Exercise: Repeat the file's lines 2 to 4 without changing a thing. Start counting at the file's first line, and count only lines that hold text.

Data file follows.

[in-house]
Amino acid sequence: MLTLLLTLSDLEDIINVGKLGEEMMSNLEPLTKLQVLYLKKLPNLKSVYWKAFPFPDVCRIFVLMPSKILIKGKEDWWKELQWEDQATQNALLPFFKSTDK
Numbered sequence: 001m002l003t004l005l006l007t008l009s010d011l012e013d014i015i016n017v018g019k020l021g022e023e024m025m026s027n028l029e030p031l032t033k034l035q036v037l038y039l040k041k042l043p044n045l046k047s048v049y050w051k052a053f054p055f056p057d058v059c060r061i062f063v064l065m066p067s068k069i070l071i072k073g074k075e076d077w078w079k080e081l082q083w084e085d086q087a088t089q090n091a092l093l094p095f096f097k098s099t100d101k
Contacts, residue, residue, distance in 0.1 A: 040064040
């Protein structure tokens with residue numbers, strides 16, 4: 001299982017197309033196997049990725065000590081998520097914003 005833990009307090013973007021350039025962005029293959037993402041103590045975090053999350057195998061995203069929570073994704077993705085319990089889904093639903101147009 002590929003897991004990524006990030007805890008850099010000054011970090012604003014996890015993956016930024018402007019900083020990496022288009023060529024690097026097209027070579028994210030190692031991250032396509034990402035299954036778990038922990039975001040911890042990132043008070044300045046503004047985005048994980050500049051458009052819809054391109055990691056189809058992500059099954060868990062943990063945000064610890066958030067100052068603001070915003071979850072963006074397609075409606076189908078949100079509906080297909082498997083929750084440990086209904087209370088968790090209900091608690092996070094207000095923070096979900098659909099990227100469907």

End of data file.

Amino acid sequence: MLTLLLTLSDLEDIINVGKLGEEMMSNLEPLTKLQVLYLKKLPNLKSVYWKAFPFPDVCRIFVLMPSKILIKGKEDWWKELQWEDQATQNALLPFFKSTDK
Numbered sequence: 001m002l003t004l005l006l007t008l009s010d011l012e013d014i015i016n017v018g019k020l021g022e023e024m025m026s027n028l029e030p031l032t033k034l035q036v037l038y039l040k041k042l043p044n045l046k047s048v049y050w051k052a053f054p055f056p057d058v059c060r061i062f063v064l065m066p067s068k069i070l071i072k073g074k075e076d077w078w079k080e081l082q083w084e085d086q087a088t089q090n091a092l093l094p095f096f097k098s099t100d101k
Contacts, residue, residue, distance in 0.1 A: 040064040